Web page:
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Macroeconomic Effects of the War in Mozambique
The aim of this paper is to analyse some macroeconomic channels operating in a war economy. At the theoretical level, the effects of such war on the key economic variables capital, technology, uncertainty, and the government's fiscal deficit are discussed before proceeding to the analysis of individuals, firms and the government.
These elements are combined in a dynamic macroeconomic model to study a war's impact on output, growth, consumption, welfare and the national debt. The final section of this paper considers economic policy implications for a government at war, and for donors supporting a war economy.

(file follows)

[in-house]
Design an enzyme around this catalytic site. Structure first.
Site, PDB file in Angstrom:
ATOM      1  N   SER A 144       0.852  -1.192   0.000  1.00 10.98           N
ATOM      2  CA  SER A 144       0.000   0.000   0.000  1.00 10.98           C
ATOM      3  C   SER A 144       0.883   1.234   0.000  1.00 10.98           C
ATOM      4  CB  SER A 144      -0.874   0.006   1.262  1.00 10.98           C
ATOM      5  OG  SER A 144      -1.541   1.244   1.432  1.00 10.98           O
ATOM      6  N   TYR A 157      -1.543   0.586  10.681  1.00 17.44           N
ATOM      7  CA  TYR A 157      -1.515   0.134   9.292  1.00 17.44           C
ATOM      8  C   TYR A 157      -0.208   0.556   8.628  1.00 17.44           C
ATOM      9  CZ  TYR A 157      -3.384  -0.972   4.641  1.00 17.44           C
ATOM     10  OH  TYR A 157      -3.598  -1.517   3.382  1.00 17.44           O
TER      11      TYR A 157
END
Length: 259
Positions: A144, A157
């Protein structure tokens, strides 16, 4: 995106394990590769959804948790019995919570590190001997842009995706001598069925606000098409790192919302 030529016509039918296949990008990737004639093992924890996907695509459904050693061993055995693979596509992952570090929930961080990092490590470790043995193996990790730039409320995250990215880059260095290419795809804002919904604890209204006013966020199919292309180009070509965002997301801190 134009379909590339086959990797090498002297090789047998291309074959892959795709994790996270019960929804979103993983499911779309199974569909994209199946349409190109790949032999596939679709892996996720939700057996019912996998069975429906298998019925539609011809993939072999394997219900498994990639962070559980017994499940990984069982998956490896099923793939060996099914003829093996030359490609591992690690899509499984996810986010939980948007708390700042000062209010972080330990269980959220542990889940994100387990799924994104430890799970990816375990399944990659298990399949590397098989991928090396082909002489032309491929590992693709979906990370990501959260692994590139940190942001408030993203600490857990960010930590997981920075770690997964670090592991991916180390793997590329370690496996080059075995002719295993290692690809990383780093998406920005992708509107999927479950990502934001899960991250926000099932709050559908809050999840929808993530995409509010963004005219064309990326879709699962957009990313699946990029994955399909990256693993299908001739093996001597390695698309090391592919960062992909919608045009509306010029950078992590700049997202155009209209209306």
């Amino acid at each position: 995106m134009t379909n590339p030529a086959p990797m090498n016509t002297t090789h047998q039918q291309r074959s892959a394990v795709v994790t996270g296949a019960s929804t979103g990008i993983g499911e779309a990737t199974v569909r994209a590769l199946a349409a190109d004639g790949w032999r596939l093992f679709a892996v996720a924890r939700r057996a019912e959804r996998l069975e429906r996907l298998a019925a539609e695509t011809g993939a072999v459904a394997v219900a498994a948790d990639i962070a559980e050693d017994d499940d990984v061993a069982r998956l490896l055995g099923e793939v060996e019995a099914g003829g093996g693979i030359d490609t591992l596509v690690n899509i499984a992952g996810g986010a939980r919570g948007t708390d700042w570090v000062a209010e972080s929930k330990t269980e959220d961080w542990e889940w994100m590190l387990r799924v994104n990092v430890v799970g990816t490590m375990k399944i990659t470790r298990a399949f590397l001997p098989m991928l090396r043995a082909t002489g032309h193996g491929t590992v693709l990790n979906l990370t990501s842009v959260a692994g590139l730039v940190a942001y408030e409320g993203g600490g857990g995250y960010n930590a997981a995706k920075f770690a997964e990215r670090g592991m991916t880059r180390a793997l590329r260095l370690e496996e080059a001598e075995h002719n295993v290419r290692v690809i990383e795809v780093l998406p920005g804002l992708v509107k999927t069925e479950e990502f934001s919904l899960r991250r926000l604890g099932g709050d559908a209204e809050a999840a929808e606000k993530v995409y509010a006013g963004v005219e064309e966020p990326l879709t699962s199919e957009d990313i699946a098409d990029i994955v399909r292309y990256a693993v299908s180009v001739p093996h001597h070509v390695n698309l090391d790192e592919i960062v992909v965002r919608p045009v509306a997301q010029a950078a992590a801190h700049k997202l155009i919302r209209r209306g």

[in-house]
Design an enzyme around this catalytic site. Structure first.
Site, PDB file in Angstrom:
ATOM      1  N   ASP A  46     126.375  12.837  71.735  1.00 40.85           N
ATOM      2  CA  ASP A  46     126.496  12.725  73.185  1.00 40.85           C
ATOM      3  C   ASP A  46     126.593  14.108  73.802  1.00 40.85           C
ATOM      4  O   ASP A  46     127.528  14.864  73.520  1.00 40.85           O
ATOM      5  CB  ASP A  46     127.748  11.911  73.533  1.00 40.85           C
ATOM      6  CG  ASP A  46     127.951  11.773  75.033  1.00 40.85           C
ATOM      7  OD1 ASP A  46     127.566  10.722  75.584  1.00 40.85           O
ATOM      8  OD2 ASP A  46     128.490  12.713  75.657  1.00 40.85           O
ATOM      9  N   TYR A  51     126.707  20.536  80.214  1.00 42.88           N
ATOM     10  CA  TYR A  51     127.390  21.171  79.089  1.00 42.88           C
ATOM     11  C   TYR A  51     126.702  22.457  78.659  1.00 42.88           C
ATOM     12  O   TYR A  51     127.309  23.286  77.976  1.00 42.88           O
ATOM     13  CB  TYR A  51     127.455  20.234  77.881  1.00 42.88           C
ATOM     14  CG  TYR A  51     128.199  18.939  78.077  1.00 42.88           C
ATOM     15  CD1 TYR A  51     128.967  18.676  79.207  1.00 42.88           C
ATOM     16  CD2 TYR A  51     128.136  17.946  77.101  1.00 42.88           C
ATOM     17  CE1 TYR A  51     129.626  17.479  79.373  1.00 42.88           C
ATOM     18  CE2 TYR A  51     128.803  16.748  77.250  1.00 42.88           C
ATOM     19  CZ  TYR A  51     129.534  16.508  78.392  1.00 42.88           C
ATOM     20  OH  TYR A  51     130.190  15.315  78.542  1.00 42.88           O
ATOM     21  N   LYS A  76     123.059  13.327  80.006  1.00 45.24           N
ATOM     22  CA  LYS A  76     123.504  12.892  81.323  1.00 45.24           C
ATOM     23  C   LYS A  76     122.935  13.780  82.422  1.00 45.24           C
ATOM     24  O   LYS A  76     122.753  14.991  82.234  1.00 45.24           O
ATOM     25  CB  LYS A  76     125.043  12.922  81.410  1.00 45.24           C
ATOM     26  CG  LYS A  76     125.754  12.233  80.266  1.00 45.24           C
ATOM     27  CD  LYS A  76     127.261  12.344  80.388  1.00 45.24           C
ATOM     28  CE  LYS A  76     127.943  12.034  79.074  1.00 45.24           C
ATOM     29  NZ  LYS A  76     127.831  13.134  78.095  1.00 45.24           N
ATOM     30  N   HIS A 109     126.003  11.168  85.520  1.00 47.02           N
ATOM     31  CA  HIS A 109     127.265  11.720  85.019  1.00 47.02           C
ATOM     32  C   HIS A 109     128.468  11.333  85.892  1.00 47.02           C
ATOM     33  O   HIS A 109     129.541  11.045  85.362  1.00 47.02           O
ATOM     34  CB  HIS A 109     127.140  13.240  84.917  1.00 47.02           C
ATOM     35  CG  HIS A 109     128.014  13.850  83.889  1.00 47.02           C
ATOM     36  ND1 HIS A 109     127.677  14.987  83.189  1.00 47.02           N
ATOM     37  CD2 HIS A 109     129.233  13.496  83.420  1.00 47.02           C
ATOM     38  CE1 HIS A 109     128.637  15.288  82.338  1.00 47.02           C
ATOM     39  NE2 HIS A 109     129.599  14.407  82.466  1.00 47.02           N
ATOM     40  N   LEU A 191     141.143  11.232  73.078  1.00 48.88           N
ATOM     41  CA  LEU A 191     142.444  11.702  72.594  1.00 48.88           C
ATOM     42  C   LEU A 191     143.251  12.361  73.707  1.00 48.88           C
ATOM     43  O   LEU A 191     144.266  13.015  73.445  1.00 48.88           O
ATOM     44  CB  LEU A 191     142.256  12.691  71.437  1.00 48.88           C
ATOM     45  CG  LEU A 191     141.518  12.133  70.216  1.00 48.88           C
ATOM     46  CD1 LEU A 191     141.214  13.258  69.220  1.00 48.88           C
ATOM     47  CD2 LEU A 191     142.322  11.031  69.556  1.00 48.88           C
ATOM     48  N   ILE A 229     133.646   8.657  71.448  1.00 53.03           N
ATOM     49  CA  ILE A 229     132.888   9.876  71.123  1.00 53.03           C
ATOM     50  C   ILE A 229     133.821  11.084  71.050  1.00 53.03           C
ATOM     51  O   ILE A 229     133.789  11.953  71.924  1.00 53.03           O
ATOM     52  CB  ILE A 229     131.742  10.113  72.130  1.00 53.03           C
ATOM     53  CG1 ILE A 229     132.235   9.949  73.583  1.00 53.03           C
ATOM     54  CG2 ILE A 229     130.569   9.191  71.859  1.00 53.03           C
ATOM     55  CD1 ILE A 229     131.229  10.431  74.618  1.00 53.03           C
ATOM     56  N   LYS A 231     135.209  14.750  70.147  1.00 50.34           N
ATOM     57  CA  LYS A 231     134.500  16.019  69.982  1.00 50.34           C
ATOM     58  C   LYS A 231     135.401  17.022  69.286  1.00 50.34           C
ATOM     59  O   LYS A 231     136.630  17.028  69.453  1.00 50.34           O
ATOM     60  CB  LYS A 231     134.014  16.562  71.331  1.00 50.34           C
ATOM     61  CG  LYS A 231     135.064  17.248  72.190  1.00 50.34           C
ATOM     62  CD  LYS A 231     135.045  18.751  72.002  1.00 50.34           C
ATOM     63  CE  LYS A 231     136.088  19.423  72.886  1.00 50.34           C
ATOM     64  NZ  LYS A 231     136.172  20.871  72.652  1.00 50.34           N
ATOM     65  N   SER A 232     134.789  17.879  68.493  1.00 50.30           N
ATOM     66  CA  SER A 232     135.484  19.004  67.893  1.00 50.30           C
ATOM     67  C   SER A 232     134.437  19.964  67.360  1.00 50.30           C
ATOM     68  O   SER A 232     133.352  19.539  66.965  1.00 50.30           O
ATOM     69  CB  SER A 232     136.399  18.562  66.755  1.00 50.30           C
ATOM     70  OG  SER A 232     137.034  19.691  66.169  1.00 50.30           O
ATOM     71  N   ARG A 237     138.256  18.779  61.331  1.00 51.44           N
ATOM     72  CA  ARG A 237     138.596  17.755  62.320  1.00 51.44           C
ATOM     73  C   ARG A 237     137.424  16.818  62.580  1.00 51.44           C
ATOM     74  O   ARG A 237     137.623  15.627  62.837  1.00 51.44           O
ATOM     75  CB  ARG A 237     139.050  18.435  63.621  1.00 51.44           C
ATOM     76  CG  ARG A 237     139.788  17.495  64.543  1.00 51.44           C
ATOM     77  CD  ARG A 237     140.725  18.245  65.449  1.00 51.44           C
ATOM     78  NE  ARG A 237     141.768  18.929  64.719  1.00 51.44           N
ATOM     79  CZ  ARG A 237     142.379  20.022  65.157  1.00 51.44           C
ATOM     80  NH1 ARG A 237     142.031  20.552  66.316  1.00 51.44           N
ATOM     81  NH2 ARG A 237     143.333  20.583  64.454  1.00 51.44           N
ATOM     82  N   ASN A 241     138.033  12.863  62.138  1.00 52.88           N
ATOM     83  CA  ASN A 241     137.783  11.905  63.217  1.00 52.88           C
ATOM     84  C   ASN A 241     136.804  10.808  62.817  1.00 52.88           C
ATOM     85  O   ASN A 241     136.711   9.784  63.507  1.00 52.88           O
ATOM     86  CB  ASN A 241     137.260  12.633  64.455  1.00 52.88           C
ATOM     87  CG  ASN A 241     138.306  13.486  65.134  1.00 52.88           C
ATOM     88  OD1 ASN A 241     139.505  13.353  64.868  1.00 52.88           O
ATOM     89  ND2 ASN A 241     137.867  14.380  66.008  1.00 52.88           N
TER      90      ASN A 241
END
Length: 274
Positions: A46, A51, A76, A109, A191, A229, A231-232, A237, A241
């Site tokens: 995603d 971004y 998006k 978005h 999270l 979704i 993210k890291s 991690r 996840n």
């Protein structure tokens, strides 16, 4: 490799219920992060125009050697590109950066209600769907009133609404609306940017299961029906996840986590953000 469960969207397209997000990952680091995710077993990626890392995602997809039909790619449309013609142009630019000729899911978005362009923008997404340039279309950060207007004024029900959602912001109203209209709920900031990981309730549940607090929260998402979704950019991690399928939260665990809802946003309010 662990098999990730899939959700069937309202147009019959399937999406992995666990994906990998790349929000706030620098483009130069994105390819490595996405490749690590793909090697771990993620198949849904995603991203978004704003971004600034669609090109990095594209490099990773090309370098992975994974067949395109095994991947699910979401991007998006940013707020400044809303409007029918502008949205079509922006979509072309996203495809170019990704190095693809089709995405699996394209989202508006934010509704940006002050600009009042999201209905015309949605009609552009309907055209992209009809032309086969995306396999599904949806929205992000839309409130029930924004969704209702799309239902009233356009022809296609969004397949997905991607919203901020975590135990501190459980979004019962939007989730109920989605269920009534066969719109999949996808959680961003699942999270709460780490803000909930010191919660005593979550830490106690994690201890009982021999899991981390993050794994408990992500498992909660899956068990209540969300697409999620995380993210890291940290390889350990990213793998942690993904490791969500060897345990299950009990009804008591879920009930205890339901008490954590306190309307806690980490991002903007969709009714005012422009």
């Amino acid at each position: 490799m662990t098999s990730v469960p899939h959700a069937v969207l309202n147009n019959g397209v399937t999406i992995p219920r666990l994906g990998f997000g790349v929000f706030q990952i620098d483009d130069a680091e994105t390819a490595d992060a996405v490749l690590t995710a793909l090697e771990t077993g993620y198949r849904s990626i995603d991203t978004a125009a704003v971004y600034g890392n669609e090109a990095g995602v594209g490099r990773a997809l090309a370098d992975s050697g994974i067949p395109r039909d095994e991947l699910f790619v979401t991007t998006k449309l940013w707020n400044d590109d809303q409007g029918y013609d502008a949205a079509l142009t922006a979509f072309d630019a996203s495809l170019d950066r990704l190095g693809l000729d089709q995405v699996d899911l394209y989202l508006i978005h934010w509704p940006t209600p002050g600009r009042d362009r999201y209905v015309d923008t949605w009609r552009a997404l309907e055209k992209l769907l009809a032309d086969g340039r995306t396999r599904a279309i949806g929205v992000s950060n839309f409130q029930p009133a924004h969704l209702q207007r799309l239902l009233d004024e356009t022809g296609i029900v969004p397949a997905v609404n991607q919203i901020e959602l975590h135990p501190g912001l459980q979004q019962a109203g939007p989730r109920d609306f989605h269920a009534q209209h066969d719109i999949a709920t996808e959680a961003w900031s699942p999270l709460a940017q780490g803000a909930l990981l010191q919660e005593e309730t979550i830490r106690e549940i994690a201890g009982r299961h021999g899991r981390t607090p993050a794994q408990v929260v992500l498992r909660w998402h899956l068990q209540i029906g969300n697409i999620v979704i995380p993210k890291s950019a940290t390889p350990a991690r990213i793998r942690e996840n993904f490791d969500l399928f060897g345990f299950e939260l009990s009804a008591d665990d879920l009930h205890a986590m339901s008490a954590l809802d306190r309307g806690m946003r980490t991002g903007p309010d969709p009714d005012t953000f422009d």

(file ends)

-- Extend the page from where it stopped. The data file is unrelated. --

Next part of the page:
Both the theory and the evidence, drawn from Mozambique, suggest that while capital destruction is the most obvious cost of conflict the long-term development potential of a war economy is more severely damaged by increases in the fiscal deficit, uncertainty and transactions inefficiency. Furthermore, economic policies implemented during a war will determine the size and nature of the country’s long-term peace dividend.